Songwriting 101: Tom Petty's "Free Fallin'"

Tom Petty's death has (rightly) spawned lots of coverage and tributes.  I've listened to some interviews, read some factoids, and even put a highly recommended Tom Petty documentary in our Netflix queue.  Honestly, I felt sort of bad when he died.  What struck me about Tom Petty is how utterly normal he seemed; from the simplicity of his tunes to his outlook on life.  In the interview with Terry Gross on "Fresh Air", he talked about how the tour he just completed was likely his last because he wanted to spend more time with his grandkids.  That is SO not rock n' roll, man.  Even is death was kind of normal - he died of a heart attack.  Also not rock n' roll at all.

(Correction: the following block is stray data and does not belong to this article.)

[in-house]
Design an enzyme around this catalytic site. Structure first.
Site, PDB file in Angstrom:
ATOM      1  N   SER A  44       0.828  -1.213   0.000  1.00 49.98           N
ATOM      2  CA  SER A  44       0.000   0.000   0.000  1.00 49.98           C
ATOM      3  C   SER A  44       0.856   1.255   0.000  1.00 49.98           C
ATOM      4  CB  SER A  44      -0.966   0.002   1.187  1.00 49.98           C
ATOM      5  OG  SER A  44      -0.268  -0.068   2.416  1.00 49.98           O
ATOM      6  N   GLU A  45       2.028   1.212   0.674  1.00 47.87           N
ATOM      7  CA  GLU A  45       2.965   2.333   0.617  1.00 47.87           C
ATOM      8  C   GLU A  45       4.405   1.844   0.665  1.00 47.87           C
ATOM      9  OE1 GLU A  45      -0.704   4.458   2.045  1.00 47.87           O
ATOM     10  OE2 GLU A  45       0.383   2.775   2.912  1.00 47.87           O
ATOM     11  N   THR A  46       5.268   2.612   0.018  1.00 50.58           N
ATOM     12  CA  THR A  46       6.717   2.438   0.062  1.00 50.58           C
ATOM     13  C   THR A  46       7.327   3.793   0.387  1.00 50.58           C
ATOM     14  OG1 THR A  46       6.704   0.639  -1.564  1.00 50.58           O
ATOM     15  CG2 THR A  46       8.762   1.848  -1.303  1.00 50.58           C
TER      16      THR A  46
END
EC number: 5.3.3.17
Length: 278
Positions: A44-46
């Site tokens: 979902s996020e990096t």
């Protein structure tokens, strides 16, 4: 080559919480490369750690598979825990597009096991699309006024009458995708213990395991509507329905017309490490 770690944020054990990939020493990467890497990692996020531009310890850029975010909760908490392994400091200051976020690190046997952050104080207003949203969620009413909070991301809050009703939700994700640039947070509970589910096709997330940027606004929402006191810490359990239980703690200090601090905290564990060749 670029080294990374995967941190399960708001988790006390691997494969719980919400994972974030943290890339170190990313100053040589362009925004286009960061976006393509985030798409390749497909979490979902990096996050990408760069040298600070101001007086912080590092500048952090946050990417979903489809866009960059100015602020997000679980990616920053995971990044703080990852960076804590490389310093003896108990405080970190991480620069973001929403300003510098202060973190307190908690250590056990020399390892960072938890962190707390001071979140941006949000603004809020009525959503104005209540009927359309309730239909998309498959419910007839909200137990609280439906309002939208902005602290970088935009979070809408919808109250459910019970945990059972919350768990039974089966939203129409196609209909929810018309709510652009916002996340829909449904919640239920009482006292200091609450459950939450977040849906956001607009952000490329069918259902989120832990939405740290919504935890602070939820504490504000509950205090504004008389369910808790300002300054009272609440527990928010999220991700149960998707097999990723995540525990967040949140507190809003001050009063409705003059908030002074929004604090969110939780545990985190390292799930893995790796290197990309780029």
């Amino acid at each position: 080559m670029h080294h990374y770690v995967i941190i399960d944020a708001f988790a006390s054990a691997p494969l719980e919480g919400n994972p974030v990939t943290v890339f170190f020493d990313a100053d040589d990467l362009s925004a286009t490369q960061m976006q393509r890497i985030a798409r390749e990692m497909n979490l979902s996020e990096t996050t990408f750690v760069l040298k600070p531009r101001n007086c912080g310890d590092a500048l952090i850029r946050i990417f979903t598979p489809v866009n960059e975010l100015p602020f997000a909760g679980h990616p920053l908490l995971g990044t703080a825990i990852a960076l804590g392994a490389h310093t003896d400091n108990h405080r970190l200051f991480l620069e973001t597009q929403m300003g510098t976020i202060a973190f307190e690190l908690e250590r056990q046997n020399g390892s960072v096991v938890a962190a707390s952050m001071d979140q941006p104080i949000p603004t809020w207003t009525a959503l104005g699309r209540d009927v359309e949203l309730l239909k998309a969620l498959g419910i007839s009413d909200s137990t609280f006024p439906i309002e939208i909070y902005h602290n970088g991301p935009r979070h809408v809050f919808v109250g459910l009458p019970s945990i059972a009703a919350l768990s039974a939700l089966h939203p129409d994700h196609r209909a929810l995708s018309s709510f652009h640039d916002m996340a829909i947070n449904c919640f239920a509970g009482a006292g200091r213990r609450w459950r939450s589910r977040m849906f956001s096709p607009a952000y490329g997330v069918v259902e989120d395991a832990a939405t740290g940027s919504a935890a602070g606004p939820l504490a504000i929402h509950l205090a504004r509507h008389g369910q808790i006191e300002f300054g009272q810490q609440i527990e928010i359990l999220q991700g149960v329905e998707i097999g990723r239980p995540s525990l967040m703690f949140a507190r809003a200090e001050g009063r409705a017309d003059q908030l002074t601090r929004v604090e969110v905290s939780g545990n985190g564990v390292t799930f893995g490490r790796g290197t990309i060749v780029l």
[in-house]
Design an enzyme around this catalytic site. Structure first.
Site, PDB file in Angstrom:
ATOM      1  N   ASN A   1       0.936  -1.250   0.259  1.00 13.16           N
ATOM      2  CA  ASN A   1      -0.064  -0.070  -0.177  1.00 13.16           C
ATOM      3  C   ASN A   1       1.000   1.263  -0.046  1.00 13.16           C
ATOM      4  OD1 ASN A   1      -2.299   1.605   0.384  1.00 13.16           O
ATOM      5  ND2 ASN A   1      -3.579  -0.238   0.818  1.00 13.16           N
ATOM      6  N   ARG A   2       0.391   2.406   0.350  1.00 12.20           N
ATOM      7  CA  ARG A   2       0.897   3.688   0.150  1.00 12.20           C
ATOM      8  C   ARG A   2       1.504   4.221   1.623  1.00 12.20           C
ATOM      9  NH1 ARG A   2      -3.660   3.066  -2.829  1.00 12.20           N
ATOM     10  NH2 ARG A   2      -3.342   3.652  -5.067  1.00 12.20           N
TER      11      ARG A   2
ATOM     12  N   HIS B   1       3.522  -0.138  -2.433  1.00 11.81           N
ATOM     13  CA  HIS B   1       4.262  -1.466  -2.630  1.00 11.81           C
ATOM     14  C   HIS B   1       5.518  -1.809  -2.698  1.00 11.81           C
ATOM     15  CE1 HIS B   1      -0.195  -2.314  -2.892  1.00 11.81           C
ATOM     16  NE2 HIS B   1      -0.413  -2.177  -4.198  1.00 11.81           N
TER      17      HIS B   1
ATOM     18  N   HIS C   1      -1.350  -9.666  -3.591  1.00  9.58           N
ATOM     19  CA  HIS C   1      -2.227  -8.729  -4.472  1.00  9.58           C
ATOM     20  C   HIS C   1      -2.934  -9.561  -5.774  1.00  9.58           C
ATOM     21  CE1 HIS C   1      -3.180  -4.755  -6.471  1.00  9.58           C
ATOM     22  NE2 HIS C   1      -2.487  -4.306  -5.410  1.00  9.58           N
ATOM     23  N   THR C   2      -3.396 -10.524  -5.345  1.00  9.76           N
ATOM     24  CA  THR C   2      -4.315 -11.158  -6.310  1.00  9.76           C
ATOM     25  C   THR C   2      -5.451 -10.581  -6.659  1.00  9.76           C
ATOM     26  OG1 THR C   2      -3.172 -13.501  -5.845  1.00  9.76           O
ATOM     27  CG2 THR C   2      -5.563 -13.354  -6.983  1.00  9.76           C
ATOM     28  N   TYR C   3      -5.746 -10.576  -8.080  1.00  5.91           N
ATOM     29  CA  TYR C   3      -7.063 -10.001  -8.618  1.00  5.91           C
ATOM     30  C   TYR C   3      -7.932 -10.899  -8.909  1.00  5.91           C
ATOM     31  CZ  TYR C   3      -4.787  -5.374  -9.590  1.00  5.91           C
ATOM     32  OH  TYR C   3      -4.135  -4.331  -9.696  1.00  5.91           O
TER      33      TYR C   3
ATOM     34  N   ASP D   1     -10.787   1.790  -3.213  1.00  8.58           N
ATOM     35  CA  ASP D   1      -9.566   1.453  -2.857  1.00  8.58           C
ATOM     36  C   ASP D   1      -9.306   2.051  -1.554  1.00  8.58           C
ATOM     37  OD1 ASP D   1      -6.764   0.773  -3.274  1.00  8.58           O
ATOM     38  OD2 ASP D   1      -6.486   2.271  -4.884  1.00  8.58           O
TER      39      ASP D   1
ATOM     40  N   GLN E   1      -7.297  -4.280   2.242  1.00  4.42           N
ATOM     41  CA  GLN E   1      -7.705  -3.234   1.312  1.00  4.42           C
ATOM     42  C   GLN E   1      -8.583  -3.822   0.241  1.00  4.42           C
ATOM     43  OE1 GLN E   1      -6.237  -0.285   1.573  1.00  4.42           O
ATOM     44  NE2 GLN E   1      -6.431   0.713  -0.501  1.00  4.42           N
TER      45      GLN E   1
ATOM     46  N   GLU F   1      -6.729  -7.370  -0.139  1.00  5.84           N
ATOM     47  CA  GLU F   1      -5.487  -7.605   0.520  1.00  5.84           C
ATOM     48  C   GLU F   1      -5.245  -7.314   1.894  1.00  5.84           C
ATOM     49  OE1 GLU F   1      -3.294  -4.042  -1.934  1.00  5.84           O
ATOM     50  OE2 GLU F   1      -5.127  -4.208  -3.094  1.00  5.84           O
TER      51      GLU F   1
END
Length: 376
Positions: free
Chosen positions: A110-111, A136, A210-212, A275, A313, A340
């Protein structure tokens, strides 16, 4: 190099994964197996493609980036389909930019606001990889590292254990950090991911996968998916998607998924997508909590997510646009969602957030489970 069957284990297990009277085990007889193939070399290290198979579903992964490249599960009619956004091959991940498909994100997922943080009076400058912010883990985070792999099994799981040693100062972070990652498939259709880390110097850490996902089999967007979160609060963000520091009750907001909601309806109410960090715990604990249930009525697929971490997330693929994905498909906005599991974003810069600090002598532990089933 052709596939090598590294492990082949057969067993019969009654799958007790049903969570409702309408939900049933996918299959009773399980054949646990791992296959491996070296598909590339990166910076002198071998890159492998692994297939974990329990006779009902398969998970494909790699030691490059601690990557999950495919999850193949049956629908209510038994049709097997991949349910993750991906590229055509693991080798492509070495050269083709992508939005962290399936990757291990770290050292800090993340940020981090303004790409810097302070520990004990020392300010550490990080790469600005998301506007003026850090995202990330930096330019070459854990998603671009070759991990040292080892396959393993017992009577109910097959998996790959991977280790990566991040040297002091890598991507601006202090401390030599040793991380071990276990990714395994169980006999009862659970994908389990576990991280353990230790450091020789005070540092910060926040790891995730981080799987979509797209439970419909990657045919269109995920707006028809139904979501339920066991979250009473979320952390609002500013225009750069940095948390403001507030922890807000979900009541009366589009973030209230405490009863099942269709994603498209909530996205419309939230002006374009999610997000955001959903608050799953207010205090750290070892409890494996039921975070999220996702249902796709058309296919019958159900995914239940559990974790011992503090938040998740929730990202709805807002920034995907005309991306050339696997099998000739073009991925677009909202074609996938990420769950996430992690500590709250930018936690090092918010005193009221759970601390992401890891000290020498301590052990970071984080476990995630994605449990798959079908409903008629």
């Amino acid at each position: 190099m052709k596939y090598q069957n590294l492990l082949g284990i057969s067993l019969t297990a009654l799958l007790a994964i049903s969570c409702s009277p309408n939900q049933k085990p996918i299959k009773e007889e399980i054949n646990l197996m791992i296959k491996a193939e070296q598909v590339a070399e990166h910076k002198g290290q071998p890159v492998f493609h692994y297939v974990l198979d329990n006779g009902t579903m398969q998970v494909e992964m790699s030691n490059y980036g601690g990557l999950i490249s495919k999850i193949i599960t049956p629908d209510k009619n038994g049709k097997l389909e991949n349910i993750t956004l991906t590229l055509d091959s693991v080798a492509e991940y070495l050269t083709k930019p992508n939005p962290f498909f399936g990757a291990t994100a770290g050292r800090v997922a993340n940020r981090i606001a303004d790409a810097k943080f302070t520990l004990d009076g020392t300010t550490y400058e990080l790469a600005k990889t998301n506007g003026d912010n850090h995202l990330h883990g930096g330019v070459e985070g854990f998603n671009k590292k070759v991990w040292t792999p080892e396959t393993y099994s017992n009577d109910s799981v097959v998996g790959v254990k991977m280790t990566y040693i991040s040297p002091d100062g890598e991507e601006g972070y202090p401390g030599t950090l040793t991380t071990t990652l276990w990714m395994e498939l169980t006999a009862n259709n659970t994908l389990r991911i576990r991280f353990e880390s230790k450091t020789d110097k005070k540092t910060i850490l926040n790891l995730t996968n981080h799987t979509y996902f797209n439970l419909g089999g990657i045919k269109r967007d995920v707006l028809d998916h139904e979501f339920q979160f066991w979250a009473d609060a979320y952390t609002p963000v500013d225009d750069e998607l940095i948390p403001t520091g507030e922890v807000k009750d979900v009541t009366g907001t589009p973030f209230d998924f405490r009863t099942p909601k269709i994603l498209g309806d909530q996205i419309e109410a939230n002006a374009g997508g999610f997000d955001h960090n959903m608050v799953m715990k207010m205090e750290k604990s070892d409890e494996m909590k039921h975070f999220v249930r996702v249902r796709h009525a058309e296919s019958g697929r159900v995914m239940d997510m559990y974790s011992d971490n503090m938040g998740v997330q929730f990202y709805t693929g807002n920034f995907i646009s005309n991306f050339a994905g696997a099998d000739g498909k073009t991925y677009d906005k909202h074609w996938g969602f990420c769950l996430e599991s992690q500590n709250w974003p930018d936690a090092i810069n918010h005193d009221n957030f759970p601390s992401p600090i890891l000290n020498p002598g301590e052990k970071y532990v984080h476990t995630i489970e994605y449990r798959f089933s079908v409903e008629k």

As his songs flood the airwaves this week, it has made me think about my relationship with his music.  I've concluded that it's sort of a funny relationship because I don't think of myself as a Tom Petty fan at all, and yet he actually has a lot of songs I really like.  Even more interestingly, I seem to like each song for a different reason.  For example,  "The Waiting" (one of my faves) features that Rickenbacker twelve string sound I love so much.  Apparently Tom did too - he cites the Byrds and the Beatles as two bands he had hope to emulate, and both used Rickenbackers to great effect.  I'm also a huge Byrds fan, so that song was a natural fit for me.  "Stop Draggin' My Heart Around" has a sort of ass kicking vibe to it, helped in large part by the loud chorus, which contrasts with the cool, Hammond B3 laden verses.  Doing the duet with Stevie Nicks was a brilliant choice as her voice is perfect for that song (never thought I'd type that), and that fact that it lends itself to amazing covers is also a tribute to that song.  [Edit:  I guess since it is on Stevie's record, she invited him to sing, not vice versa.  Still. . .]  We played "Don't Do Me Like That" at the 4th Street Art Festival last month and, though it's not a favorite for me to listen to, it's damned fun to play.  His brilliant use of the music video medium made "Don't Come Around Here No More" even more appealing to me.  That and the cool sitar-sounding guitar.  I could keep going, actually, which is sort of surprising to me, especially since I don't own a own a single Tom Petty tune.